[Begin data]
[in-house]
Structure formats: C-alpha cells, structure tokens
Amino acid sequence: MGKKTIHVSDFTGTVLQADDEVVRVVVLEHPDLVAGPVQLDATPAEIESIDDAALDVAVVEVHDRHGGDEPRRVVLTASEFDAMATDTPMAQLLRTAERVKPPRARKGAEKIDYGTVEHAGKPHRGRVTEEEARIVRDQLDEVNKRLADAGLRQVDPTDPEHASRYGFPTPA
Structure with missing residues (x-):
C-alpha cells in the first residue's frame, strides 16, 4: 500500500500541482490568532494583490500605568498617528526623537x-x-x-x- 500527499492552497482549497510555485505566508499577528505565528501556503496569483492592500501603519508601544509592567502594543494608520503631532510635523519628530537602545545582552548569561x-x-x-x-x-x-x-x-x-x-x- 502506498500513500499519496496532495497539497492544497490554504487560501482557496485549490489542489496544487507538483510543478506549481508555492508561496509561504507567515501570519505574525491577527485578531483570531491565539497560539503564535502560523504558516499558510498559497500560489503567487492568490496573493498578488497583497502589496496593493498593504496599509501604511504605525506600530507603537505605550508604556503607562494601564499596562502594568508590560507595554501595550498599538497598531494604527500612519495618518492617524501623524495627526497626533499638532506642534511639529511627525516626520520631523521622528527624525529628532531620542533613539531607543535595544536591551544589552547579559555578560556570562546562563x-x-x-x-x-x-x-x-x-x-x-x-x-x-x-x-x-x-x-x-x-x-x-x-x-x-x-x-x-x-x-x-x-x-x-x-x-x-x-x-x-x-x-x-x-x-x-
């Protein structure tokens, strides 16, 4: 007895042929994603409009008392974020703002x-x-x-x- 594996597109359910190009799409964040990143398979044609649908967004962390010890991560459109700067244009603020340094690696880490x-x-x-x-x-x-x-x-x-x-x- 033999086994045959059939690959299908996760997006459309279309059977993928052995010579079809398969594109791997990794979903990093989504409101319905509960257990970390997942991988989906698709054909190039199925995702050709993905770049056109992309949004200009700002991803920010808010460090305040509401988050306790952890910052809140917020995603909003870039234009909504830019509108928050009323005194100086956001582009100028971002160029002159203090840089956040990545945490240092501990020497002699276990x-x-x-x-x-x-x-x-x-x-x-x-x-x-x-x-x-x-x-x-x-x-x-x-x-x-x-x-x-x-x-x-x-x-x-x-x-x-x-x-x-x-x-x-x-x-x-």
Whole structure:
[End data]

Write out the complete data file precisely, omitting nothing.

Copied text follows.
[in-house]
Structure formats: C-alpha cells, structure tokens
Amino acid sequence: MGKKTIHVSDFTGTVLQADDEVVRVVVLEHPDLVAGPVQLDATPAEIESIDDAALDVAVVEVHDRHGGDEPRRVVLTASEFDAMATDTPMAQLLRTAERVKPPRARKGAEKIDYGTVEHAGKPHRGRVTEEEARIVRDQLDEVNKRLADAGLRQVDPTDPEHASRYGFPTPA
Structure with missing residues (x-):
C-alpha cells in the first residue's frame, strides 16, 4: 500500500500541482490568532494583490500605568498617528526623537x-x-x-x- 500527499492552497482549497510555485505566508499577528505565528501556503496569483492592500501603519508601544509592567502594543494608520503631532510635523519628530537602545545582552548569561x-x-x-x-x-x-x-x-x-x-x- 502506498500513500499519496496532495497539497492544497490554504487560501482557496485549490489542489496544487507538483510543478506549481508555492508561496509561504507567515501570519505574525491577527485578531483570531491565539497560539503564535502560523504558516499558510498559497500560489503567487492568490496573493498578488497583497502589496496593493498593504496599509501604511504605525506600530507603537505605550508604556503607562494601564499596562502594568508590560507595554501595550498599538497598531494604527500612519495618518492617524501623524495627526497626533499638532506642534511639529511627525516626520520631523521622528527624525529628532531620542533613539531607543535595544536591551544589552547579559555578560556570562546562563x-x-x-x-x-x-x-x-x-x-x-x-x-x-x-x-x-x-x-x-x-x-x-x-x-x-x-x-x-x-x-x-x-x-x-x-x-x-x-x-x-x-x-x-x-x-x-
């Protein structure tokens, strides 16, 4: 007895042929994603409009008392974020703002x-x-x-x- 594996597109359910190009799409964040990143398979044609649908967004962390010890991560459109700067244009603020340094690696880490x-x-x-x-x-x-x-x-x-x-x- 033999086994045959059939690959299908996760997006459309279309059977993928052995010579079809398969594109791997990794979903990093989504409101319905509960257990970390997942991988989906698709054909190039199925995702050709993905770049056109992309949004200009700002991803920010808010460090305040509401988050306790952890910052809140917020995603909003870039234009909504830019509108928050009323005194100086956001582009100028971002160029002159203090840089956040990545945490240092501990020497002699276990x-x-x-x-x-x-x-x-x-x-x-x-x-x-x-x-x-x-x-x-x-x-x-x-x-x-x-x-x-x-x-x-x-x-x-x-x-x-x-x-x-x-x-x-x-x-x-």
Whole structure: